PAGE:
Jewish World Review Nov. 9, 2004 / 25 Mar-Cheshvan 5765
Jay D. Homnick
Nice guys last to the finish
An Israeli cousin of mine, single in her late twenties, relocated to New York to expand her dating options. She preferred to have her dates pick her up at our house, where my Dad would stand in for his brother as a proxy father figure. Once, she was waiting to be picked up for a first date by the scion of a famous family of Rabbis and Talmudic scholars. Until the doorbell finally rang, she was treated to a long lecture by my Dad about the privilege of dating a member of such an illustrious family.
When she came home, she delivered her report. "It was a privilege," she said, "but not a pleasure."
I have been hearing much the same from some of my fellow pundits about our work covering the campaign from the President's side. They are happy that he won and honored to have played a part but harbor an ill-concealed disdain for him as a person. Let me make this perfectly clear: I am not among their number. I happen to like the guy.
Now I base this on more than intuition, although that contributes. I have been watching the man off-camera, monitoring a series of small vignettes, many of which did not make the news. It was my decision not to run with some of this material before the election and to allow the public knowledge to be the currency of the debate. But now that the angel dust has settled and we are all a little bit high, I will lay out some of the little morsels of evidence that convinced me of his genuine hail-fellow-well-met status.
There was a lot of inclemency in the weather back when he was executing his duties as Governor of Texas and some thought him too breezy. But I paid close attention to Bobby Valentine in 1999 when he was asked during the Mets-Braves playoff what it was like to have been fired by George W. Bush as manager of the Texas Rangers. Bobby said that he really appreciated the fact that W was man enough to do the unpleasant task himself but did it in a very gentle and sensitive manner.
During that period, he traveled to Israel to survey the topographical and political terrain, at which time he was largely adopted by General Ariel Sharon, who showed him that the road to the helicopters was paved with good intentions. After his visit, I was told by a source in the Israeli Department of Defense that he found W to be un-statesmanlike. In what way? It seems that when they presented information about all the nastiness that the Palestinians were inflicting, he flippantly remarked, "Why don't you just nuke 'em?"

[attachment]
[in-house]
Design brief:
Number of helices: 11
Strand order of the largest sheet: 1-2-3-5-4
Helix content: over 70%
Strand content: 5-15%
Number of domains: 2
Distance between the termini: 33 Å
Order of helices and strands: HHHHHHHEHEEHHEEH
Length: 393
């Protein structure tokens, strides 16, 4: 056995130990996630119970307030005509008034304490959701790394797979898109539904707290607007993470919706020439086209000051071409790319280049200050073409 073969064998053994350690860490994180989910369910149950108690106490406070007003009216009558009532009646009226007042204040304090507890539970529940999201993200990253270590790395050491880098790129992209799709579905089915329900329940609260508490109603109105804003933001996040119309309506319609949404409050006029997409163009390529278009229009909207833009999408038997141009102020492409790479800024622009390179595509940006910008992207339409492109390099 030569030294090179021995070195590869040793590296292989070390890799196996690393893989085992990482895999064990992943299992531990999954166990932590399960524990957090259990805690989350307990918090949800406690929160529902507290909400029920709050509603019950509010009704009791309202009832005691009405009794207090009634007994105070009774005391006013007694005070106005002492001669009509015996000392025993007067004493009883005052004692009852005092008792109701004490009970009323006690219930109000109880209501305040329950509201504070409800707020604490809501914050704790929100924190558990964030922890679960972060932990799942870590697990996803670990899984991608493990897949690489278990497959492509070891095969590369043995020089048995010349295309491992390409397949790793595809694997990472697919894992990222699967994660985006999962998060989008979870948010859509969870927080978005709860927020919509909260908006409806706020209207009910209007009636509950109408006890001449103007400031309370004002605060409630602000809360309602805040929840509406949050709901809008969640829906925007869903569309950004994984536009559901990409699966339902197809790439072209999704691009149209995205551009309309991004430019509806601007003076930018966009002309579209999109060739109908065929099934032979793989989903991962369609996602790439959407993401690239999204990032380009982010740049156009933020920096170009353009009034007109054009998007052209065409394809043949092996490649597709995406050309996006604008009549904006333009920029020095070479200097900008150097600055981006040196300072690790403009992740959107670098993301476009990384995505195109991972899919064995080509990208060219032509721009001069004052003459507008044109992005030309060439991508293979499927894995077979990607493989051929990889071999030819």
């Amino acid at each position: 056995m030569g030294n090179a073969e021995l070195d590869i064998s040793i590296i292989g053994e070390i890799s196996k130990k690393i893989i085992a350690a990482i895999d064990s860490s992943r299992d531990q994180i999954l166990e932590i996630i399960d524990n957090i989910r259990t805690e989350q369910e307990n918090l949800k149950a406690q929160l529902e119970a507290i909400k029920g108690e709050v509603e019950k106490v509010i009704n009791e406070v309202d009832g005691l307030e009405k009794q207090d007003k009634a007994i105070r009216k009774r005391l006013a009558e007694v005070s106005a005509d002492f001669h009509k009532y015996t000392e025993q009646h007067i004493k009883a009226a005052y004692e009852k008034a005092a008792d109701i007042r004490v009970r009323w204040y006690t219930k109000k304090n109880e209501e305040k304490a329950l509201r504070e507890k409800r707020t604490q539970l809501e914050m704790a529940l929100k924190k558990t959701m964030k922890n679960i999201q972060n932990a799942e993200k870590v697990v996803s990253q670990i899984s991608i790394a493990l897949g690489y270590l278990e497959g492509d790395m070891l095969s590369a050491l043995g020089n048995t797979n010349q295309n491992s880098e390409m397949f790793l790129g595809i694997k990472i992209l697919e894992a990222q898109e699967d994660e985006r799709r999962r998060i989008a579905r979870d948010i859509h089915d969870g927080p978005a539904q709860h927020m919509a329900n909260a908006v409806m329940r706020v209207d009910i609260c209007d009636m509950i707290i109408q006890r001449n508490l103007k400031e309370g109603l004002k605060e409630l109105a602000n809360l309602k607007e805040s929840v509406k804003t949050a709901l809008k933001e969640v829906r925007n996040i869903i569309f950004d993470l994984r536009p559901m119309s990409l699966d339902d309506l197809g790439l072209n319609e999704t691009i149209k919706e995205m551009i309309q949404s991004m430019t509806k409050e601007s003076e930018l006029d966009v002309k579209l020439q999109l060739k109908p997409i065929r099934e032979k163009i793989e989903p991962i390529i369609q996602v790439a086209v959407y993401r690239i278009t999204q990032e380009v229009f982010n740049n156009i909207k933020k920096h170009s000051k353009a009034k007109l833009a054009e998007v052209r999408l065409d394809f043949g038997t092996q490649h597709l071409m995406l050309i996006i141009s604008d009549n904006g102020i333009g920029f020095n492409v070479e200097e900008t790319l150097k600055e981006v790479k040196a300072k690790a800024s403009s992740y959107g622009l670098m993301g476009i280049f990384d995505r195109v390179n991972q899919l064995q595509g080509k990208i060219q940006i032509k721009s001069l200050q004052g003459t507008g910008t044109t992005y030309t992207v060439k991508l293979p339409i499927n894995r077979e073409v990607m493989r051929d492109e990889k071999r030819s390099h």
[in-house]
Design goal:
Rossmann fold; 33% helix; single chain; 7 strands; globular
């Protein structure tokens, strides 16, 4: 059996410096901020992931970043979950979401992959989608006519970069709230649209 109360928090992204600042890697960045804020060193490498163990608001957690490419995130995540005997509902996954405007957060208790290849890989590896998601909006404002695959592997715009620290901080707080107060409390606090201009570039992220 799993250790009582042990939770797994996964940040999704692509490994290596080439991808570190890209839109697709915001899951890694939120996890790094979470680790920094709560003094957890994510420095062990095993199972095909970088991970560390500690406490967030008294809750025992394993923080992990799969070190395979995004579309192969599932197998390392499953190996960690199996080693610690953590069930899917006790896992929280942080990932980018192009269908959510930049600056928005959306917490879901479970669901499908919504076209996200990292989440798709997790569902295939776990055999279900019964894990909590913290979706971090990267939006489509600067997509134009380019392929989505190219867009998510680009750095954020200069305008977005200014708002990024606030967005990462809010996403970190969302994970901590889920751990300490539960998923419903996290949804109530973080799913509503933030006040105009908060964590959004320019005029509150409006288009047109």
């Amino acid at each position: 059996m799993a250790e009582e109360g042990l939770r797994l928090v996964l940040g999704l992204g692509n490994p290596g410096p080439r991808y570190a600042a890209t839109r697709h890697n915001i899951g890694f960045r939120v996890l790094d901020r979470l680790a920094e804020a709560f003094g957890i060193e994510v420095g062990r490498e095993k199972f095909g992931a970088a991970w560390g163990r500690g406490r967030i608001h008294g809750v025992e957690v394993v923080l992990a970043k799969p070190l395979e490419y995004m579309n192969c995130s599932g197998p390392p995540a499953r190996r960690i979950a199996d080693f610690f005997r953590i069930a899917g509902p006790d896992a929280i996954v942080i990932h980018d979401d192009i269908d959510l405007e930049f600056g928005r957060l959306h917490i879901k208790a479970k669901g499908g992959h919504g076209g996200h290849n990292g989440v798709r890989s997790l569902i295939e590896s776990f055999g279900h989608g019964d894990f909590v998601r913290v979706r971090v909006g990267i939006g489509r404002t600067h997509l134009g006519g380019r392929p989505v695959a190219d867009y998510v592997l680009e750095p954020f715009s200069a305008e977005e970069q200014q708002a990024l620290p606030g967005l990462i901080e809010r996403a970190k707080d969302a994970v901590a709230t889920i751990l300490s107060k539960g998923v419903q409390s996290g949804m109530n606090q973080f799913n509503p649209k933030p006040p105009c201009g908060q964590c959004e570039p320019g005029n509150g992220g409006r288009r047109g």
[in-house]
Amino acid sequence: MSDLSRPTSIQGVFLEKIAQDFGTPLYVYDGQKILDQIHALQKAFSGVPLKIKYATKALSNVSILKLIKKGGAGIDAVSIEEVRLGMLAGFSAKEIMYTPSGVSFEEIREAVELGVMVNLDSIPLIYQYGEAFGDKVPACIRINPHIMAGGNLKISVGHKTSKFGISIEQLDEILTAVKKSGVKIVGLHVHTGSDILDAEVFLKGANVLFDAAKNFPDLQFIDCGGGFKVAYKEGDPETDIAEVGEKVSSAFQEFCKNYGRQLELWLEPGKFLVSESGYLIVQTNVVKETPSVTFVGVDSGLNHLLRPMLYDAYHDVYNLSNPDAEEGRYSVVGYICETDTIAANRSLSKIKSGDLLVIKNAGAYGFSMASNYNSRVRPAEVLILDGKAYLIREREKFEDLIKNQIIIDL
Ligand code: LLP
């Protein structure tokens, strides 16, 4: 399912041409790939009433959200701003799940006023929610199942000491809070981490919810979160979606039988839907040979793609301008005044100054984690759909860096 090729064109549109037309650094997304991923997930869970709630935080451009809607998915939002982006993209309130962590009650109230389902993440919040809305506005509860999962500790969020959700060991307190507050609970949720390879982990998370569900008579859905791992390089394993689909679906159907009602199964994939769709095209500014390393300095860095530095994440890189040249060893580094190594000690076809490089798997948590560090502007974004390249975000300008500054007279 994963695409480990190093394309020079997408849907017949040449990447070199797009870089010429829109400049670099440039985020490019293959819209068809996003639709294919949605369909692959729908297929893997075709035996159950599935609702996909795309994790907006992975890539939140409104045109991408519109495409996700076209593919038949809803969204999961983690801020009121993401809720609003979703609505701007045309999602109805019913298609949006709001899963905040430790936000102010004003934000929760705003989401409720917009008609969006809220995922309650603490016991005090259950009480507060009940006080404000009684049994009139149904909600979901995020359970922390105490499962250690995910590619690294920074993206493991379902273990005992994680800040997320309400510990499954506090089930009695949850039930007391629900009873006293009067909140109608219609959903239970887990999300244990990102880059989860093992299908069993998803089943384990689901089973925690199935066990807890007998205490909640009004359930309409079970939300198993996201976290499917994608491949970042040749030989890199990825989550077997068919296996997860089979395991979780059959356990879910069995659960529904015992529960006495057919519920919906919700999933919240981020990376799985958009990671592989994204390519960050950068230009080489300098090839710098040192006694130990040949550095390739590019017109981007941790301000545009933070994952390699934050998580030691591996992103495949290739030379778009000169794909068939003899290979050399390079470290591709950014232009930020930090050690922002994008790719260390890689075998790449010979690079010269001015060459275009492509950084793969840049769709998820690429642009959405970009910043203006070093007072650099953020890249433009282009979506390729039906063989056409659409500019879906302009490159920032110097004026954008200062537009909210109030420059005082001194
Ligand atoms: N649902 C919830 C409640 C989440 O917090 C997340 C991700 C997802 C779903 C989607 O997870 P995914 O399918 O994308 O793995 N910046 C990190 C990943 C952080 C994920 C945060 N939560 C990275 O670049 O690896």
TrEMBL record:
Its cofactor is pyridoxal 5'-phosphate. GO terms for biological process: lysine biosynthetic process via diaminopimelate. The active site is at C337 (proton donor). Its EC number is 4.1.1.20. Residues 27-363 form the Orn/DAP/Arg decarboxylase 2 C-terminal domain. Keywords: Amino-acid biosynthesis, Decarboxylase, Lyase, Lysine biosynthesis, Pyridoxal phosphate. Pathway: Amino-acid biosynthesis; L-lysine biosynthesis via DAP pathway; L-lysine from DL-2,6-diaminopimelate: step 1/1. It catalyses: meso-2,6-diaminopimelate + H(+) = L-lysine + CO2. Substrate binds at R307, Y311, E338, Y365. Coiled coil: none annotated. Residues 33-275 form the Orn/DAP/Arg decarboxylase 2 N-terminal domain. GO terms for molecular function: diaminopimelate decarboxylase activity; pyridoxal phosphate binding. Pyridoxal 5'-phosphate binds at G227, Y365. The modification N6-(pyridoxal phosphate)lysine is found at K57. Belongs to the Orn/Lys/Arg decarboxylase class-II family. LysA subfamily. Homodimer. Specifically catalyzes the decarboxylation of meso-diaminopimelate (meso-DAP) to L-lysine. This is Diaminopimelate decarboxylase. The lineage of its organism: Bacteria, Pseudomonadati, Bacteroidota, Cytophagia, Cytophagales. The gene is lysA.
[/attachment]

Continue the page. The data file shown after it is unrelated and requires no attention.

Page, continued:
Well, for my Israeli buddy, puffed up with his sense of moment and ceremony, that was just too crass even for a witticism. For me as an unrepentantly middlebrow "ugly American", that remark was worth two thumbs (or any alternate finger you care to suggest) up.
Another tidbit that whetted my appetite was a report by Mark Steyn of a rally that he had attended in 2000 before the New Hampshire primary. A man in the crowd had challenged Bush and said, "Forget about the political issue of gay rights legislation. How do you personally feel about gays as individuals?" W answered on the spot, "Hey, we're all sinners, buddy."
Again off the record, I was told by Jewish activists that Bush had approached them back before he announced his candidacy for the nomination in 2000 and told them, "I know that my Dad made mistakes in his dealings with Jews. Don't worry, I won't make those mistakes. I'm not my Dad."
I liked very much the fact that he took the time to do a little matchmaking in the White House, introducing his press secretary, Ari Fleischer, to a girl that worked over in the East Wing. Sure enough, they got married, and Fleischer quit to enjoy his new happiness. That was a story unlike anything that I had ever heard about a President.
And this year, Matt Lauer put him on the spot and asked him, "So are you saying that your service in the National Guard was as heroic as John Kerry's service in the Navy?" Virtually any politician that I can recall, even those I admired greatly, would have dodged that question with some malarkey about the inappropriateness of comparing two aspects of military service. Instead, George answered like a man: "Of course his service was more heroic. He was in harm's way and I wasn't."
A class act. A nice guy. I feel very privileged to have played a role advancing his campaign in the polemical realm. Indeed it was a pleasure.
JWR contributor Jay D. Homnick is the author of many books and essays on Jewish political and religious affairs. Comment by clicking here.
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04/21/04: The doctor is not in
03/17/04: Yanqui go home
02/09/04: Bush's full courting of Meet the Press (and other tales of Kay's treat)
01/08/04: Is taking two tablets bad for your constitution?
01/02/04: Watching the Dean's office
11/21/03: Ronald Reagan so misunderstood
11/14/03: Mulling (And Culling) The Democratic Field
11/11/03: World Seriously crazy: Grand malay seizures and Gibson screwballs
10/28/03: Bible or Babble in Babylon?
09/05/03: Dubya's last stand?
08/26/03: They don't sue prematurely (Tales Out Of Court)
07/29/03: Equipped with a quip, he gave the Hope
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06/27/03: The Tempest (not "The Taming of the Shrew")
06/16/03: Iraq and roll
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04/23/03: The Nutrasweet War against the Axis of Evil: Did Rummy forget?
© 2003, Jay D. Homnick